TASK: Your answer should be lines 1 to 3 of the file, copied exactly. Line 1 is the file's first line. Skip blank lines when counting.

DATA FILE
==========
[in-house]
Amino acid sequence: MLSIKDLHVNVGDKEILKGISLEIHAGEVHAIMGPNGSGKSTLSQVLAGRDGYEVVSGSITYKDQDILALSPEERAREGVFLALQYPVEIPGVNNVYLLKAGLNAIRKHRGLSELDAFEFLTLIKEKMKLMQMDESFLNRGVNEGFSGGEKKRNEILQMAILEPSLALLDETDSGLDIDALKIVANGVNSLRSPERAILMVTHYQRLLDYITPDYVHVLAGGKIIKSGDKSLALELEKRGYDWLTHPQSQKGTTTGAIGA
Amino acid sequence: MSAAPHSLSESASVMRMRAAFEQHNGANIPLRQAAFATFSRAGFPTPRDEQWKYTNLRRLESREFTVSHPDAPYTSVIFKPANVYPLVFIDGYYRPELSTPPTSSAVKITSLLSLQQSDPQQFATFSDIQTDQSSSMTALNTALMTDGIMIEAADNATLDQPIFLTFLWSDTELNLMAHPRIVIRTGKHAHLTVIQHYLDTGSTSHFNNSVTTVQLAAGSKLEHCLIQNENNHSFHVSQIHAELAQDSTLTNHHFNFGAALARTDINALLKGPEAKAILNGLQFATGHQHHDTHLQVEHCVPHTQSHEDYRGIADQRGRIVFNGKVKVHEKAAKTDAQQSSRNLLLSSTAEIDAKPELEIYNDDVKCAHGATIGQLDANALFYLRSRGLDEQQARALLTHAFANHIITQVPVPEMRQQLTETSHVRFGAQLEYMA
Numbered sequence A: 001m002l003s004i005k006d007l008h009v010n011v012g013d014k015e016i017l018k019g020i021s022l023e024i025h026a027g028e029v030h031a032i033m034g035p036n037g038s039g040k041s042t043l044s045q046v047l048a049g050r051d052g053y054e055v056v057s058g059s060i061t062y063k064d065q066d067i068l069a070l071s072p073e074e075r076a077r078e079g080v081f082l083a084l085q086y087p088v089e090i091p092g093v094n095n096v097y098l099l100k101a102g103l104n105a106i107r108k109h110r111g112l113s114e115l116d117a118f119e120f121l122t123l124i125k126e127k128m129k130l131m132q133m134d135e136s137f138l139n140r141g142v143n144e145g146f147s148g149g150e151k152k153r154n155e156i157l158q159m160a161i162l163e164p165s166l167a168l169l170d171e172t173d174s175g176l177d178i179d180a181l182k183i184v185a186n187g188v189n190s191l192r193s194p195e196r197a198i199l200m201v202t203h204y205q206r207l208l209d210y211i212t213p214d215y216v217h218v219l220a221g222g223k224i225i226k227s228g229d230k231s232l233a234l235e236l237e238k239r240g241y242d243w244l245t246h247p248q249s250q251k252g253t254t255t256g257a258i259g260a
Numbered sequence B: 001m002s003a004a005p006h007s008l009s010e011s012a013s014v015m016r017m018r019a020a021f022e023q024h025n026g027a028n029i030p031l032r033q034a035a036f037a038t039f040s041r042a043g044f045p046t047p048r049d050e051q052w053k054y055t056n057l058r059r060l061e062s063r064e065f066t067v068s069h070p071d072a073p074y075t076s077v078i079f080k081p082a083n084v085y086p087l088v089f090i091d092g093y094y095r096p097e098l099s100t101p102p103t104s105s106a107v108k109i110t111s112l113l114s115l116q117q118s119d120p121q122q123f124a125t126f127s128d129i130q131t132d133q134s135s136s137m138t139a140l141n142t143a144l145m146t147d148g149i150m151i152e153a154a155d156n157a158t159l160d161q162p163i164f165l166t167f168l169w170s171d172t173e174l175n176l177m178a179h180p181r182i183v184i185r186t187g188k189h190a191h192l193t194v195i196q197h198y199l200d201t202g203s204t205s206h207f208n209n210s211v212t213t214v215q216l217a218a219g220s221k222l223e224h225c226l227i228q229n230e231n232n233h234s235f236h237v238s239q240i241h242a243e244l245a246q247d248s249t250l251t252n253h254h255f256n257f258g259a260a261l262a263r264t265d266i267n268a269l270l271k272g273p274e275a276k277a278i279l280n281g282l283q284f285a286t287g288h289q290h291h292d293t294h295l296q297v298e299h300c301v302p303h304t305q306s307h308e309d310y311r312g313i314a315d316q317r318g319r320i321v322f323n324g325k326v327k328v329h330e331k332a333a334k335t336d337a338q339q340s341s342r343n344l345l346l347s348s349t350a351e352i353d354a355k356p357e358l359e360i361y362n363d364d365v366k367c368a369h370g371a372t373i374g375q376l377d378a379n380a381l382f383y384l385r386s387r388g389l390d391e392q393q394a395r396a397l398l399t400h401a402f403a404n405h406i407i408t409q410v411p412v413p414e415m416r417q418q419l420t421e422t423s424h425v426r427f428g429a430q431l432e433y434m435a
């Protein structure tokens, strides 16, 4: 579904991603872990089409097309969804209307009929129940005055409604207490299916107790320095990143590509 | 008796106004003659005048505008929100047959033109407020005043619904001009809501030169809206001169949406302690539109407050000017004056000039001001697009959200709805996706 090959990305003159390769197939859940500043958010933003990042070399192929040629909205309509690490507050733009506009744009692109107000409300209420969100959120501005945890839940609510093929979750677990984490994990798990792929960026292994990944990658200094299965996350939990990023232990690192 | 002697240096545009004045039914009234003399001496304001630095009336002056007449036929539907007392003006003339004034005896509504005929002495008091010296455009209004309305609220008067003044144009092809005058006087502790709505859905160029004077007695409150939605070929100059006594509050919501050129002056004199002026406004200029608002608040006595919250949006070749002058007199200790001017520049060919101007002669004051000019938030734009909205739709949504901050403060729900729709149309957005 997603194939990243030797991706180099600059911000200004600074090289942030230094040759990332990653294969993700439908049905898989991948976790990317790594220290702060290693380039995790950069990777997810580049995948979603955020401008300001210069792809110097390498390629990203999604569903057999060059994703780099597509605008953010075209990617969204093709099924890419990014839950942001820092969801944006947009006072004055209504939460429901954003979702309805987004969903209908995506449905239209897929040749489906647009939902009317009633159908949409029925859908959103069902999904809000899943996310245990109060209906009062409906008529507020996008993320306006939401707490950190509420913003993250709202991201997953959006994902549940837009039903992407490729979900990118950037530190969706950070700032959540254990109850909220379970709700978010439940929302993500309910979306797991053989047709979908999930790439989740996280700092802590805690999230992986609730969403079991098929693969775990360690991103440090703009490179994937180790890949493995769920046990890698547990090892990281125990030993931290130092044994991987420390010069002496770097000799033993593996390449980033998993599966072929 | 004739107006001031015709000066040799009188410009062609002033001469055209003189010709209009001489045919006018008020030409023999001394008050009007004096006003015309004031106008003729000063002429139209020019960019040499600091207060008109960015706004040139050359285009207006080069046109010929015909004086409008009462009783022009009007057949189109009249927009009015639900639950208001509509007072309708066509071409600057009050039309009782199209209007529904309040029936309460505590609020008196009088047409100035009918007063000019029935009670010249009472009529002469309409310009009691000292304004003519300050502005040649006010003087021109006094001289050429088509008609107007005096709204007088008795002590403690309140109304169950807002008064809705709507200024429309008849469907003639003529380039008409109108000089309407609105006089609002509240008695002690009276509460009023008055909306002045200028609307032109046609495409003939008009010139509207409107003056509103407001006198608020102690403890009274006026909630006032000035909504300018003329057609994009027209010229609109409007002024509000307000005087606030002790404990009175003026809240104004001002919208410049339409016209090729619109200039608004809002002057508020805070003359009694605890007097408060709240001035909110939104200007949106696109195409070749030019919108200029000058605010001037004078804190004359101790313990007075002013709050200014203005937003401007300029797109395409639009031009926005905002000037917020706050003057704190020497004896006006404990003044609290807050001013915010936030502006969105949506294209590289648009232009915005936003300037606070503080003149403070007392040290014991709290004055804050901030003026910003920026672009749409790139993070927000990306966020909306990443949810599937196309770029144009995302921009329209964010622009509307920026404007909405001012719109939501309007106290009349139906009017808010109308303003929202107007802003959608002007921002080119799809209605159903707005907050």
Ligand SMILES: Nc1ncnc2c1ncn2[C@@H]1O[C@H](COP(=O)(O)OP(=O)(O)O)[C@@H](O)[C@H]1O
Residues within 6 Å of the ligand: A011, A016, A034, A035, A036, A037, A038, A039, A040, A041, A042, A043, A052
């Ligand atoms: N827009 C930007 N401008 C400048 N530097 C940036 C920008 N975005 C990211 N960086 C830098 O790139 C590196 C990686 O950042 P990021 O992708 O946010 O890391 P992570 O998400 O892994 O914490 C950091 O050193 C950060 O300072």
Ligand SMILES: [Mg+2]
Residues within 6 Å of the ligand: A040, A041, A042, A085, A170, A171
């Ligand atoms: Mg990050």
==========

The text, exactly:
[in-house]
Amino acid sequence: MLSIKDLHVNVGDKEILKGISLEIHAGEVHAIMGPNGSGKSTLSQVLAGRDGYEVVSGSITYKDQDILALSPEERAREGVFLALQYPVEIPGVNNVYLLKAGLNAIRKHRGLSELDAFEFLTLIKEKMKLMQMDESFLNRGVNEGFSGGEKKRNEILQMAILEPSLALLDETDSGLDIDALKIVANGVNSLRSPERAILMVTHYQRLLDYITPDYVHVLAGGKIIKSGDKSLALELEKRGYDWLTHPQSQKGTTTGAIGA
Amino acid sequence: MSAAPHSLSESASVMRMRAAFEQHNGANIPLRQAAFATFSRAGFPTPRDEQWKYTNLRRLESREFTVSHPDAPYTSVIFKPANVYPLVFIDGYYRPELSTPPTSSAVKITSLLSLQQSDPQQFATFSDIQTDQSSSMTALNTALMTDGIMIEAADNATLDQPIFLTFLWSDTELNLMAHPRIVIRTGKHAHLTVIQHYLDTGSTSHFNNSVTTVQLAAGSKLEHCLIQNENNHSFHVSQIHAELAQDSTLTNHHFNFGAALARTDINALLKGPEAKAILNGLQFATGHQHHDTHLQVEHCVPHTQSHEDYRGIADQRGRIVFNGKVKVHEKAAKTDAQQSSRNLLLSSTAEIDAKPELEIYNDDVKCAHGATIGQLDANALFYLRSRGLDEQQARALLTHAFANHIITQVPVPEMRQQLTETSHVRFGAQLEYMA